Bush Defends Nuclear Talks, But 'All Options on the Table'

By Patrick Goodenough | July 7, 2008 | 8:22 PM EDT

Pacific Rim Bureau (CNSNews.com) - Defending his support for negotiations to resolve the standoff over North Korea's nuclear programs, President Bush reiterated Thursday that "all options, of course, are on the table."

"The best way to solve this problem diplomatically is to work with four other nations who have all agreed in achieving the same goal, and that is a nuclear-free Korean peninsula," he said during a televised news conference.

The president was referring to South Korea, Japan, China and Russia, who together with the U.S. and North Korea have held three rounds of inconclusive talks aimed at ending the dispute.

The Stalinist state has refused since last fall to attend another round of the six-party talks, and last February it declared that its programs had produced nuclear weapons.

Secretary of State Condoleezza Rice recently raised the possibility of referring North Korea to the U.N. Security Council at some point, and assistant secretary of state for Asia and the Pacific Christopher Hill is visiting the region to discuss what happens next.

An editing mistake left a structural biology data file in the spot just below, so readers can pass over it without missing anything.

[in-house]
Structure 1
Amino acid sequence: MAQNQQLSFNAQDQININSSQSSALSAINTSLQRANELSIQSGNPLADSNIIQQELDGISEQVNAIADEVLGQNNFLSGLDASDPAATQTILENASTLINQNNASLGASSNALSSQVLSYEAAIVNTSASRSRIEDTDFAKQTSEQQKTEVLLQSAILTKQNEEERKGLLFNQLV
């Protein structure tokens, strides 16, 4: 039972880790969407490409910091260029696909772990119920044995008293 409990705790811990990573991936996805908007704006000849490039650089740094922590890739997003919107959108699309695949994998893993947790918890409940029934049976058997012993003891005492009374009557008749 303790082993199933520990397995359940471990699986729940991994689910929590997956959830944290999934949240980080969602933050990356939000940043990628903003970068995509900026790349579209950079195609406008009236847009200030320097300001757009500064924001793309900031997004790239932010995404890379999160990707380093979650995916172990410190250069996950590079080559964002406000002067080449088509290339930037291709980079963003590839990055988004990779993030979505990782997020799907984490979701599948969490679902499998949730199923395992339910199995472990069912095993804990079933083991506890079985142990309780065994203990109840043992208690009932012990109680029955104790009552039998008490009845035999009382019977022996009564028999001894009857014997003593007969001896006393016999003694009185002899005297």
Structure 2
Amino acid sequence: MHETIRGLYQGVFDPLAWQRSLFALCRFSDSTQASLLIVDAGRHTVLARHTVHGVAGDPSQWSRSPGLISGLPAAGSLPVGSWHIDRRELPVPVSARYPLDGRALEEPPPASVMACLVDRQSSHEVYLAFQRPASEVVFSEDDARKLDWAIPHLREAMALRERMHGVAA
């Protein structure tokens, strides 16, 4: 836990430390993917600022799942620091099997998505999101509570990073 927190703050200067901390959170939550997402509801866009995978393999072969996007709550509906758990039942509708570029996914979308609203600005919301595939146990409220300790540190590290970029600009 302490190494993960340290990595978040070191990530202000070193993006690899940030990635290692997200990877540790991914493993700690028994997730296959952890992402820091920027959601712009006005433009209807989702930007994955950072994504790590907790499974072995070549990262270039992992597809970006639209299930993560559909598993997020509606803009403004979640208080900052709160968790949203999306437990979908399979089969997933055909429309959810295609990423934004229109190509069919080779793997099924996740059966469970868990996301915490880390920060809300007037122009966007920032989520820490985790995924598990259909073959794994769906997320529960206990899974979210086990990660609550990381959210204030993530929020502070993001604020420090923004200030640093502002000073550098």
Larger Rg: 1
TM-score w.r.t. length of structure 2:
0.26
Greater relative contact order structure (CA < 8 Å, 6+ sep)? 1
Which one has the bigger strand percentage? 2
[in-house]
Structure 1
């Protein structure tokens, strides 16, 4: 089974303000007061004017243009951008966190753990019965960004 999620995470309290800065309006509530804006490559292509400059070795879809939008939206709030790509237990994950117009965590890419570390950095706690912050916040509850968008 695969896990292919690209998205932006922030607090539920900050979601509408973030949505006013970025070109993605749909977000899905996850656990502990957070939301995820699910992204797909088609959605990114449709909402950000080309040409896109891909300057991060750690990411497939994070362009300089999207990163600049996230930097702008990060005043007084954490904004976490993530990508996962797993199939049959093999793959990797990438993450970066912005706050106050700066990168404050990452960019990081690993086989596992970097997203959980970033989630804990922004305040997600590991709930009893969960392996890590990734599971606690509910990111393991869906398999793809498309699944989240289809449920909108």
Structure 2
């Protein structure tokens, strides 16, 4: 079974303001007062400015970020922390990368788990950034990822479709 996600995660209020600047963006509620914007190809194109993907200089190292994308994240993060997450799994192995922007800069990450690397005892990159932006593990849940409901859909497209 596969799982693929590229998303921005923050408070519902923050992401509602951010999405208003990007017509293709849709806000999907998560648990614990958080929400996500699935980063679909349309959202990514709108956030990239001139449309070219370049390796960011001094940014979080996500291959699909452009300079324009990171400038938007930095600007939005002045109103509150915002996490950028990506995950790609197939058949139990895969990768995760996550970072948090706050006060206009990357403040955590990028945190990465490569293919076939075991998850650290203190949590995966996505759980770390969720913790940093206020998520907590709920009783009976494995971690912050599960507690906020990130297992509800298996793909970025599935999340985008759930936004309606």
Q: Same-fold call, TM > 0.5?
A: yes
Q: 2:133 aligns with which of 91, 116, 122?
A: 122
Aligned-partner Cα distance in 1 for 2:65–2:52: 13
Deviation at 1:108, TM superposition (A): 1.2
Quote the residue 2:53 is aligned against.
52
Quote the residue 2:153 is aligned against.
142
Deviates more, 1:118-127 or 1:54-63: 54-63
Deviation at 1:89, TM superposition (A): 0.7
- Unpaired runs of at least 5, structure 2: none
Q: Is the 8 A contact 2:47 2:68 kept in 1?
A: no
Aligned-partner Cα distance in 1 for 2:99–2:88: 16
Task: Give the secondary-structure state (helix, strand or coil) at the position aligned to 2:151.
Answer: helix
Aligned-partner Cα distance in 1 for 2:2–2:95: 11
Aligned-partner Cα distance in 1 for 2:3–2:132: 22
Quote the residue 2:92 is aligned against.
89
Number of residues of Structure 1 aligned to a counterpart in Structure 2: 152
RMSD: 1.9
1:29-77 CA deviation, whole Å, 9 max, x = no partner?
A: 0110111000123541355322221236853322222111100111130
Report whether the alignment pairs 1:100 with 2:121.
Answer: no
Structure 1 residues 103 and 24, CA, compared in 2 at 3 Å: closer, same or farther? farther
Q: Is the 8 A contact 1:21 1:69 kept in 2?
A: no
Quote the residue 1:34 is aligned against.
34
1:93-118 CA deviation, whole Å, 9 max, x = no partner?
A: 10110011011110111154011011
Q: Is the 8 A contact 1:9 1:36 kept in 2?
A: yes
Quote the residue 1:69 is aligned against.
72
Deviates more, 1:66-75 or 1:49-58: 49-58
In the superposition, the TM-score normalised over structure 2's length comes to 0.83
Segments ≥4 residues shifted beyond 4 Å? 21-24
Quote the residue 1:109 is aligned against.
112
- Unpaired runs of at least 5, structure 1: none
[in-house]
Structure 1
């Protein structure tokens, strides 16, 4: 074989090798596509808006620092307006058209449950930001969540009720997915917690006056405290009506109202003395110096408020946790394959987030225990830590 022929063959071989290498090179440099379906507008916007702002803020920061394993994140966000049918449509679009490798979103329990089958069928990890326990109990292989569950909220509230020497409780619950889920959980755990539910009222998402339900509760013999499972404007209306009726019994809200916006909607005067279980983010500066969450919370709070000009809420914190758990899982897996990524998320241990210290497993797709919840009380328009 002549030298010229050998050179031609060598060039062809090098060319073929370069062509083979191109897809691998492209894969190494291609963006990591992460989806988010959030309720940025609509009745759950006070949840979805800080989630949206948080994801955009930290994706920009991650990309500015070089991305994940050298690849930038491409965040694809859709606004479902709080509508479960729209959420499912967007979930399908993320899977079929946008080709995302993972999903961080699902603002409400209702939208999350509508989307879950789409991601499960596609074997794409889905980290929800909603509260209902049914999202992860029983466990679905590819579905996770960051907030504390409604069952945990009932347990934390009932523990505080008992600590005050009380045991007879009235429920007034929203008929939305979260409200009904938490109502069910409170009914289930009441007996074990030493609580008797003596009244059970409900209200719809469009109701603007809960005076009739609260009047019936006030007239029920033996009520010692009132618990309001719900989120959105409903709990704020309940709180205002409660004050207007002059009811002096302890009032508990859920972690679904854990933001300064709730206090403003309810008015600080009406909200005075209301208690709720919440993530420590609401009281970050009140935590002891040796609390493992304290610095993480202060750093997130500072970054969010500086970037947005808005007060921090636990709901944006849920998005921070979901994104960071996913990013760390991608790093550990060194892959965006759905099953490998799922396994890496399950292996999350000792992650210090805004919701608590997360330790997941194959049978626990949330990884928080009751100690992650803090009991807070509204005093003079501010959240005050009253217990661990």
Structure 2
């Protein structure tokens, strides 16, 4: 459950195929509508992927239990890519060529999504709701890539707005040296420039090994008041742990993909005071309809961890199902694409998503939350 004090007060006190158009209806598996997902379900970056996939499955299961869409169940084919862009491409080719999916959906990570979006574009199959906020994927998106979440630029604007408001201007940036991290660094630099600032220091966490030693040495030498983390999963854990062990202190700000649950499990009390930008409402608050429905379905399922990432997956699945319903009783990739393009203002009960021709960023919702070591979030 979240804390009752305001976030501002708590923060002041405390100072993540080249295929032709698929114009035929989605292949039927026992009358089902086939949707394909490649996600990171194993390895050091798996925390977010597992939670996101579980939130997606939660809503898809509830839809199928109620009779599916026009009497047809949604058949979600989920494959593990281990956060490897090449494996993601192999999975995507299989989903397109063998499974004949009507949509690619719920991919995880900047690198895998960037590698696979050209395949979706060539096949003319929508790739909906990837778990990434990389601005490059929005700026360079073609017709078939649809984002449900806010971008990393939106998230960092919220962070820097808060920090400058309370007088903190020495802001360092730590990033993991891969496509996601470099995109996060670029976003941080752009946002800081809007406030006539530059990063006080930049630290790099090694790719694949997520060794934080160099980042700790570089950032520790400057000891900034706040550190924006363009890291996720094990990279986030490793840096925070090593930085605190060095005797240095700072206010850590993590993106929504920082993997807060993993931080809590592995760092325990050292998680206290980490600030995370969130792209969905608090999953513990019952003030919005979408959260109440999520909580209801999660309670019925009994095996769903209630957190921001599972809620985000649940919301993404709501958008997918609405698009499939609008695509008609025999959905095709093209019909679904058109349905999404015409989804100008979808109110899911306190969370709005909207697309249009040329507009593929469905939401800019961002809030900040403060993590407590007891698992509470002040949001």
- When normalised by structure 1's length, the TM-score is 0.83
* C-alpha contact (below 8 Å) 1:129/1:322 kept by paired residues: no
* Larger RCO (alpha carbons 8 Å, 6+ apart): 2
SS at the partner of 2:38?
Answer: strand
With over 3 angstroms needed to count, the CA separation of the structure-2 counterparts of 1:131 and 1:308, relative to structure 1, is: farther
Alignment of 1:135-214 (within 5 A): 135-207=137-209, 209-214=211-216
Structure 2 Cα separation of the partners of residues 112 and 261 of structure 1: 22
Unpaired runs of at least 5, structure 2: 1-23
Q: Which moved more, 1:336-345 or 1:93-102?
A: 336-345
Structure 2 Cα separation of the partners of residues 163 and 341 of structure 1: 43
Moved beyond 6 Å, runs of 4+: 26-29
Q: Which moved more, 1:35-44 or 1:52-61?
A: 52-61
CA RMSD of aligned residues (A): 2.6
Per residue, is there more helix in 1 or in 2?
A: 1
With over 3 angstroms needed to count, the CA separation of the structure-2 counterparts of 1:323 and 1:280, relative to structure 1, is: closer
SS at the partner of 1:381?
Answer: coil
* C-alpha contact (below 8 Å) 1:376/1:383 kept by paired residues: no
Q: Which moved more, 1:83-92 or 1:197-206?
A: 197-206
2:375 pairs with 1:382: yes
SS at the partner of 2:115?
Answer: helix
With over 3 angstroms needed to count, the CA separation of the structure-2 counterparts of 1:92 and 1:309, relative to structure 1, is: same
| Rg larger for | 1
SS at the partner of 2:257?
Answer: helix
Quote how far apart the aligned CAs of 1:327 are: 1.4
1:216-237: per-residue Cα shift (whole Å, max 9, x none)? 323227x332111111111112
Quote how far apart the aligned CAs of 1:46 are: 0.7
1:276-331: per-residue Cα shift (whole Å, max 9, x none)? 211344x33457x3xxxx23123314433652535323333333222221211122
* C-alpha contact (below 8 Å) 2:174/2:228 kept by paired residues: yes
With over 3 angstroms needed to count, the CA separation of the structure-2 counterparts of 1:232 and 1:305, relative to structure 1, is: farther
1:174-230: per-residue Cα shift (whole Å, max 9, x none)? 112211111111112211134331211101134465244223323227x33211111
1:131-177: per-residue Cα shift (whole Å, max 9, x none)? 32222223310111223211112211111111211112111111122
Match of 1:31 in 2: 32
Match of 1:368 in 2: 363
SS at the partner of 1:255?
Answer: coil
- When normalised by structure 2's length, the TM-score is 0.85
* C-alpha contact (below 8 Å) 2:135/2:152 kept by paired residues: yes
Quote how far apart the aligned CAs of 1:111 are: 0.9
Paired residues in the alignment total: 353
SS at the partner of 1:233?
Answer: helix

Bush has come under fire from critics who say the administration is wasting time while North Korea builds up its arsenal. Some have urged him to accede to a North Korean demand to hold bilateral talks on unresolved issues, such as Pyongyang's desire for a non-aggression pact.

But the president disagreed: "The bilateral approach didn't work," he said. "The man \{Kim Jong-il] said he was going to do something and he didn't do it, for starters."

The Clinton administration in 1994 signed an agreement with North Korea, under which Pyongyang undertook to freeze its nuclear program in return for U.S. fuel aid and the provision by the U.S. and its allies of civilian reactors to supply energy.

The deal collapsed in 2002, after North Korea allegedly admitted violating it by carrying out a covert uranium-enrichment program.

Bush said he felt that a better approach to the bilateral one "would be to include people in the neighborhood ... and it's particularly important to have China involved. China has got a lot of influence in North Korea."

He noted that any decision to take North Korea to the Security Council would need to find agreement among the nations involved in the issue, pointing out that they include two - China and Russia - which have the capacity to veto any council resolution.

The president described Kim Jong-il as "a dangerous person ... a man who starves his people [and who has] huge concentration camps."

Getting a missile defense system up and running was part of a "comprehensive strategy" to deal with him.

"Perhaps Kim Jong-il has got the capacity to launch a weapon," Bush said. "Wouldn't it be nice to be able to shoot it down?"

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Patrick Goodenough
Patrick Goodenough
Spencer Journalism Fellow